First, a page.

A genius who had plenty of sex
One thing I've learned in the short time I've been blogging is that you can learn things almost anywhere -- for instance, on the packaging for Stila eyeshadow. Not only is the "java" shade favored by Reese Witherspoon, its box bears the quote "Genius has no sex!"
Yes, the sentence would be phrased better as "genius has no gender," which is not only alliterative but also doesn't function as a double-entendre joke about the inability of nerds to get some. Nonetheless, it's a commendable sentiment, and it allowed me to crack wise in the headline above. Plus, it got me interested in the woman who said it, one Anne-Louise-Germaine Necker, Baroness de Stael-Holstein. (The short version is Germaine de Stael.) Turns out there's a lot to be interested in:
[She was a] French-Swiss writer, woman of letters, [and] early champion of women's rights who was considered among NapolÃ©on's major opponents and spent much of her life in exile. However, Mme de StaÃ«l did not only gain fame with her books or her salon for leading intellectuals, but with her numerous affairs. Her lovers included Charles-Maurice de Talleyrand, who was bishop of Autun, Count Louis de Narbonne (1788-93), with whom she had two sons, Benjamin Constant, a writer and influential politician, and Count Adolphe-Louis Ribbing, who masterminded the assassination of Gustavus III, the king of Sweden-Finland.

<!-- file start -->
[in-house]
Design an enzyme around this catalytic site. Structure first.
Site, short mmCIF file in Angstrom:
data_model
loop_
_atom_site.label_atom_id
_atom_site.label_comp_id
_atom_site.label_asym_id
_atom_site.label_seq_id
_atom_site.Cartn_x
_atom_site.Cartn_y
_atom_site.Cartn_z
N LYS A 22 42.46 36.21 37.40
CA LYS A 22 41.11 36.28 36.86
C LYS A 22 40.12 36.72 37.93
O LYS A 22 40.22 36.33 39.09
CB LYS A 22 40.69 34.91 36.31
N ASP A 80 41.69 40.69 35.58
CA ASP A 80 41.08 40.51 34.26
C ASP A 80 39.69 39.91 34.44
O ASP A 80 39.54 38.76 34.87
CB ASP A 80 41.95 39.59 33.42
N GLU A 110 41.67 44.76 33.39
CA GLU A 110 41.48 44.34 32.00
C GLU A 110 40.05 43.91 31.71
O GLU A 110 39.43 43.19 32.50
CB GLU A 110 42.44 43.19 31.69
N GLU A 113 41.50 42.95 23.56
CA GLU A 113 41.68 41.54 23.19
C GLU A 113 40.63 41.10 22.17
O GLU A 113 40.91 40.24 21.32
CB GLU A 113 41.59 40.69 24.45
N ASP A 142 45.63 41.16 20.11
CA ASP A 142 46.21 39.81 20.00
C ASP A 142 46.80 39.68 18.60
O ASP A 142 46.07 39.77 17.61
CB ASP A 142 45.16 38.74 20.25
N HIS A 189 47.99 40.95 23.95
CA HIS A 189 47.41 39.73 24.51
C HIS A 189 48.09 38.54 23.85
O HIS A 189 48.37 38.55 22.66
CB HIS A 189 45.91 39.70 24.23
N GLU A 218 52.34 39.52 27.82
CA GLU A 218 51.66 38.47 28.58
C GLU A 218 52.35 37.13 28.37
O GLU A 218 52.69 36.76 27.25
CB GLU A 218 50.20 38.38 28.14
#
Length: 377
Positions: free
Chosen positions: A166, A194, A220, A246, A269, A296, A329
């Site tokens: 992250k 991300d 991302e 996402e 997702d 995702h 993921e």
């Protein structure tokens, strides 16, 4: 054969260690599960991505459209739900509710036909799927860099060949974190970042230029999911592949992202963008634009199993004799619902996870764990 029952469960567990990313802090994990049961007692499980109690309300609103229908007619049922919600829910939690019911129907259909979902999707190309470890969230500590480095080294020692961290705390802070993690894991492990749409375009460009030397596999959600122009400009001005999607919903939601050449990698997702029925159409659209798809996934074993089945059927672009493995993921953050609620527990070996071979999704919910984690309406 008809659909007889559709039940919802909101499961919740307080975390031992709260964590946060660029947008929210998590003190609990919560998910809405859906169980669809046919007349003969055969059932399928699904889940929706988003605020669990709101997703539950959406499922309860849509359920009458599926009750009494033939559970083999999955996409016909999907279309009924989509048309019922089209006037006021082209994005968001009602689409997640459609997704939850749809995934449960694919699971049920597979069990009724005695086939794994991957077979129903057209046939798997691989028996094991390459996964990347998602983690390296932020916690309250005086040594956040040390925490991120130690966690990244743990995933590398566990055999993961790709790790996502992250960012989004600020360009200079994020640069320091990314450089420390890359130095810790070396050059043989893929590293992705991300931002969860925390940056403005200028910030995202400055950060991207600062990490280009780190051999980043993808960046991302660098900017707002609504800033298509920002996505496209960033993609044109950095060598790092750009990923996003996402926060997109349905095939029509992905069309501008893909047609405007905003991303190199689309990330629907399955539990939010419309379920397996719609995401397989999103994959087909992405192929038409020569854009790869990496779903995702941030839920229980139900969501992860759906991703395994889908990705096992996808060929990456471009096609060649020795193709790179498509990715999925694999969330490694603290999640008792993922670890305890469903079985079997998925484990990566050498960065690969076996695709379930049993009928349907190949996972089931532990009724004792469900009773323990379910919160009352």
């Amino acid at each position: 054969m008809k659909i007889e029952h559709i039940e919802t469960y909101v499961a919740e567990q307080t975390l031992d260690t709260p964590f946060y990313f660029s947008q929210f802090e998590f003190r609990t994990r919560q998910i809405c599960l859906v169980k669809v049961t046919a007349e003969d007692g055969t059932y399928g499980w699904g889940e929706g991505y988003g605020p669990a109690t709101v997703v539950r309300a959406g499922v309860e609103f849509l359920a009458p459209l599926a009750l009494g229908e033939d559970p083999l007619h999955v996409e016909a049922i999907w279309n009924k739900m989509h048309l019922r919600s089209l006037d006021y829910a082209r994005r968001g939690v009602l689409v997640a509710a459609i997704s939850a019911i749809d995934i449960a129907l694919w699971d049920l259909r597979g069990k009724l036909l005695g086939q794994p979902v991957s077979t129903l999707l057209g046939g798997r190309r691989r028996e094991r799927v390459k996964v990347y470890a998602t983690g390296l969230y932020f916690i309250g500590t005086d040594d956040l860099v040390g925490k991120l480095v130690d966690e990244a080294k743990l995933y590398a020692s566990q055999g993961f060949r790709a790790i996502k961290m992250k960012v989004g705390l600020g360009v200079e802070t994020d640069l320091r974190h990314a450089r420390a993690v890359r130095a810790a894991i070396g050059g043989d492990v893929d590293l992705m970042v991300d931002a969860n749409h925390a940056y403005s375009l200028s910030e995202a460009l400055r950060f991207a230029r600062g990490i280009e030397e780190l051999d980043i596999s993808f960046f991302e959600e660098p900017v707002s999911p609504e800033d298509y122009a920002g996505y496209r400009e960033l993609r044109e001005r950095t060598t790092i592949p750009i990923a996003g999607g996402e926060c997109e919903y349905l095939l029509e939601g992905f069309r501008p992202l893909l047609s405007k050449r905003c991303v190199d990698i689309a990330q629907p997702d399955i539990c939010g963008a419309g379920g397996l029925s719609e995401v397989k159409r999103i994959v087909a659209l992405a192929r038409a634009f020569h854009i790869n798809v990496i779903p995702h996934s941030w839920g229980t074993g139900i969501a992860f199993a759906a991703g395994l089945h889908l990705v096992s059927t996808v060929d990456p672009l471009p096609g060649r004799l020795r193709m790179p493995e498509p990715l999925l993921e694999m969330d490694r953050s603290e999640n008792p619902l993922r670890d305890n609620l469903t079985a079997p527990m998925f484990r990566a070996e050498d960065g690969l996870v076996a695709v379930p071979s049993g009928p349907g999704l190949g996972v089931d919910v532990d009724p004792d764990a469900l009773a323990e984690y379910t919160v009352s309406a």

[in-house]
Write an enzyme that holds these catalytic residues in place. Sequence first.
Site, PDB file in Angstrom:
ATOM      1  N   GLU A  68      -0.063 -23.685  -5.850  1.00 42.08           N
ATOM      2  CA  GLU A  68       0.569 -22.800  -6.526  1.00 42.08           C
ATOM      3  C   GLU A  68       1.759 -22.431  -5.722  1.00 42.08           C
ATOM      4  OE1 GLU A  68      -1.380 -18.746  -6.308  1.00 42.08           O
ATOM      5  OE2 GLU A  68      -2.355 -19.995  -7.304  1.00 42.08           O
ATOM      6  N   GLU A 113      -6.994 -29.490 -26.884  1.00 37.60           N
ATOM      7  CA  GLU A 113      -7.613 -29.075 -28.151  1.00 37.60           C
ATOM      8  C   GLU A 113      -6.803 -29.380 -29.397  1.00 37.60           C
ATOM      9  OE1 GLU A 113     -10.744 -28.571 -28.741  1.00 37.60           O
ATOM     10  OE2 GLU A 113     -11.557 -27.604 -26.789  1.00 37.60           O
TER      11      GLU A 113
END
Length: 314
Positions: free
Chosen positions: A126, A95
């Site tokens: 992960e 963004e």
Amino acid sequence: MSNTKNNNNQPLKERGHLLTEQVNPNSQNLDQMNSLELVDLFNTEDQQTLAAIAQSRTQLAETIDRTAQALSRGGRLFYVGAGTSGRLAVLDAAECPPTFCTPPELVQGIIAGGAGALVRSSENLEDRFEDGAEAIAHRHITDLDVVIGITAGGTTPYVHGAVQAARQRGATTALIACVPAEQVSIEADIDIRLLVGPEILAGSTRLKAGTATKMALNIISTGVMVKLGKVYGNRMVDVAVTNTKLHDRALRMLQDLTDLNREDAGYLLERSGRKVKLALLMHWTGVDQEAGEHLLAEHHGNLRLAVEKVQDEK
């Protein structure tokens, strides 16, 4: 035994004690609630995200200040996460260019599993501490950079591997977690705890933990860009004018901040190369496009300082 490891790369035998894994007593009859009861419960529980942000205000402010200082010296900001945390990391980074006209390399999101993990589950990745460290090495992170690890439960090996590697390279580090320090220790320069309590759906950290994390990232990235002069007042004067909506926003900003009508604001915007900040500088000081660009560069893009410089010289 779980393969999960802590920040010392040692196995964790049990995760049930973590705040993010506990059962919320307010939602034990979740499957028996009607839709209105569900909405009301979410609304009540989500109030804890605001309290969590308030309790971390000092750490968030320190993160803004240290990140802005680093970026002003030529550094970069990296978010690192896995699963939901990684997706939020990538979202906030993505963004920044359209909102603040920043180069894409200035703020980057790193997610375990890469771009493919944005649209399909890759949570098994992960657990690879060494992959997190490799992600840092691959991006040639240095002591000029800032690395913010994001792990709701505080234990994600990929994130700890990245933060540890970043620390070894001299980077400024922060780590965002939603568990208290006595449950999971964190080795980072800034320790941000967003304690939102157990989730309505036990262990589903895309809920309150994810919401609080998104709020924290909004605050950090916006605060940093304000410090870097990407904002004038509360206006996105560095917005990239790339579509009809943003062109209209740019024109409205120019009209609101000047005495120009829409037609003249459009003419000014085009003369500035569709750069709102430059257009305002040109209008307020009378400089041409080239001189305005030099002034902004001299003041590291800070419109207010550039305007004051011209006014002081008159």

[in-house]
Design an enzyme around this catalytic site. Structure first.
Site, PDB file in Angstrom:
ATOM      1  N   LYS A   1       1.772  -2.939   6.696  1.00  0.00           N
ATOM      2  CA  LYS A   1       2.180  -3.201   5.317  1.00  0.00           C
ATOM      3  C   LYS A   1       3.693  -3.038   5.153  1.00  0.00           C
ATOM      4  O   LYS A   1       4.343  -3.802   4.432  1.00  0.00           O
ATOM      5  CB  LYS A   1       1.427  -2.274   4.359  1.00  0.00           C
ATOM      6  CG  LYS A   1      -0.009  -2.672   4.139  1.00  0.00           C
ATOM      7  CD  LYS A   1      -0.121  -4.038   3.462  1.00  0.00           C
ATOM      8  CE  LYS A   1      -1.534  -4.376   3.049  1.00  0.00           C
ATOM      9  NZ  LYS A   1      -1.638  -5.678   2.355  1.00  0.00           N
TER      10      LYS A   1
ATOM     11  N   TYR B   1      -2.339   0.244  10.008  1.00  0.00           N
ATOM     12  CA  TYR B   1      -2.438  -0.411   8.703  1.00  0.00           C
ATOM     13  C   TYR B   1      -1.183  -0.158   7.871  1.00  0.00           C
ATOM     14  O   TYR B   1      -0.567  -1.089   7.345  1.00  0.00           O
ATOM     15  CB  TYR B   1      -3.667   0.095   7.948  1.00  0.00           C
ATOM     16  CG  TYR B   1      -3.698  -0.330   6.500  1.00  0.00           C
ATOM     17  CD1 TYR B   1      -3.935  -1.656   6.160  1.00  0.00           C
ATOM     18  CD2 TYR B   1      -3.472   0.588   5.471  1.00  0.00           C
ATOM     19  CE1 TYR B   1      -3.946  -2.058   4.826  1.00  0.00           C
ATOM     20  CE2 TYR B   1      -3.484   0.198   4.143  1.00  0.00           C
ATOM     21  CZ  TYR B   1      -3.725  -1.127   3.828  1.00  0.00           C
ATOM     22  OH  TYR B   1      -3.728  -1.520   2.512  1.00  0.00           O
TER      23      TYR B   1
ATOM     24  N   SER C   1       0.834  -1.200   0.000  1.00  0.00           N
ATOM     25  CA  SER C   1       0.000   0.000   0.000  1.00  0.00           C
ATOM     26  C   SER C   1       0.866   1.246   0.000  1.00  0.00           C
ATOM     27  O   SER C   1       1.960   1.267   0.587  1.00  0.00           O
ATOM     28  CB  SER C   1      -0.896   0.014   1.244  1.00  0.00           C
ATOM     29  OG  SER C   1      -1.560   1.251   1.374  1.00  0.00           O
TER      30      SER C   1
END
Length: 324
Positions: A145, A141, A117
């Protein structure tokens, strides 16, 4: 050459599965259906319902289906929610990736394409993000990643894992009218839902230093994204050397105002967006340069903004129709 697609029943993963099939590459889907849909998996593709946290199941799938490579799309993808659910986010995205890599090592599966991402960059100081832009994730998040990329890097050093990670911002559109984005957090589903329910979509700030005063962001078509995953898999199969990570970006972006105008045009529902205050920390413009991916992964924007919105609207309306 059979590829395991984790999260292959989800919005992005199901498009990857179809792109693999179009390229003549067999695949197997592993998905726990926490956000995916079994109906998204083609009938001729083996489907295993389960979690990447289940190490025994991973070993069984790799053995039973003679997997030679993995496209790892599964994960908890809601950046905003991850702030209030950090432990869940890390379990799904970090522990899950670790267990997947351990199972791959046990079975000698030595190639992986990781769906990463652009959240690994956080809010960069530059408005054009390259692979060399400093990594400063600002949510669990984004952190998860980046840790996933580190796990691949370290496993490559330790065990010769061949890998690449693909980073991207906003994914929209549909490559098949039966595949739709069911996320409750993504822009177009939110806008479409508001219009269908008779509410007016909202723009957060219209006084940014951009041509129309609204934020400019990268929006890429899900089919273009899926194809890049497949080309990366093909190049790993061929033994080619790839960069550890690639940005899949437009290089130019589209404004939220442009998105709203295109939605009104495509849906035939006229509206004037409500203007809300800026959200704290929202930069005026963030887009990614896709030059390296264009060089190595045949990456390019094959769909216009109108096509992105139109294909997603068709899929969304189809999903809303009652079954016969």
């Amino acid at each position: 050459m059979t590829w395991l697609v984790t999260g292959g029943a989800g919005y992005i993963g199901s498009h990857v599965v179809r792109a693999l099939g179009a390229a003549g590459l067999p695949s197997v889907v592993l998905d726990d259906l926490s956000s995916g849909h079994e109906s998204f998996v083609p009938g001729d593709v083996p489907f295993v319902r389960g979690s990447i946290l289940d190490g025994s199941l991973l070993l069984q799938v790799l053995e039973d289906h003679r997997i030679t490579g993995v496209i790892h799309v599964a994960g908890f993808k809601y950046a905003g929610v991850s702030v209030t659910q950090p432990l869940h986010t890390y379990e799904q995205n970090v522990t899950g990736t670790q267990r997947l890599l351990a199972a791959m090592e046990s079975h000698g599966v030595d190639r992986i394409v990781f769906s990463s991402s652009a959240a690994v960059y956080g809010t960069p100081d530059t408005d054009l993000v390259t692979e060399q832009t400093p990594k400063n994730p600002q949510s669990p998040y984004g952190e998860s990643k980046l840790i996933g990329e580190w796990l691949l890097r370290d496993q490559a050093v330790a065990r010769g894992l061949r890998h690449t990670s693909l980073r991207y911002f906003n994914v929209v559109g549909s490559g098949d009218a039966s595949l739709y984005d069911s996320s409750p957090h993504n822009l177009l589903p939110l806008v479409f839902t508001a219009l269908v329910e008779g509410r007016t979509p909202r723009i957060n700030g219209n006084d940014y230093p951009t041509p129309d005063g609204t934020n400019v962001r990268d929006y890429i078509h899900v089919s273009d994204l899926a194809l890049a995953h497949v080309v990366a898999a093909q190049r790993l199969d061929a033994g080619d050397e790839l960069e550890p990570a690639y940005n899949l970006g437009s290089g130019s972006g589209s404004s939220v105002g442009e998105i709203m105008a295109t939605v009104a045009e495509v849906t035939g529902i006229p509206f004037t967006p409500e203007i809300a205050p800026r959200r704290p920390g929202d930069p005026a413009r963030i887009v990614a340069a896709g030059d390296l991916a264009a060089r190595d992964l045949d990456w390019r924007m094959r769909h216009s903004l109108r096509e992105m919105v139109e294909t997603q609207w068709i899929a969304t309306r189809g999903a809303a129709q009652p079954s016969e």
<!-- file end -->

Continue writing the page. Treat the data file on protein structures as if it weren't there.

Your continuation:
Any of this sound familiar? There's even a link to Voltaire:
After the outbreak of the French Revolution in 1789, she became involved with power struggles, and supported the moderate liberal policies of her father. Both revolutionary Jacobins and aristocratic Ã©migrÃ©s viewed her with suspicion. Perhaps this prompted her to state: "In monarchies, women have ridicule to fear; in republic, hatred." Mme de StaÃ«l believed in progress - like Voltaire in his own way - and claimed that liberty and religious tolerance were essential preconditions for bringing literature to new heights. She also warned about the too enthusiastic military spirit which started to spread. The view did not gain much response among Napoleon's supporters.
Mme. de Stael was no beauty (despite her showing up on my eyeshadow box, and despite the flattering portrait above), but she doesn't seem to have had any trouble attracting great men to her side. Heck, to Voltaire, she probably would have been a great man: yet another figure of that era, it seems, whose chief fault was being born a woman.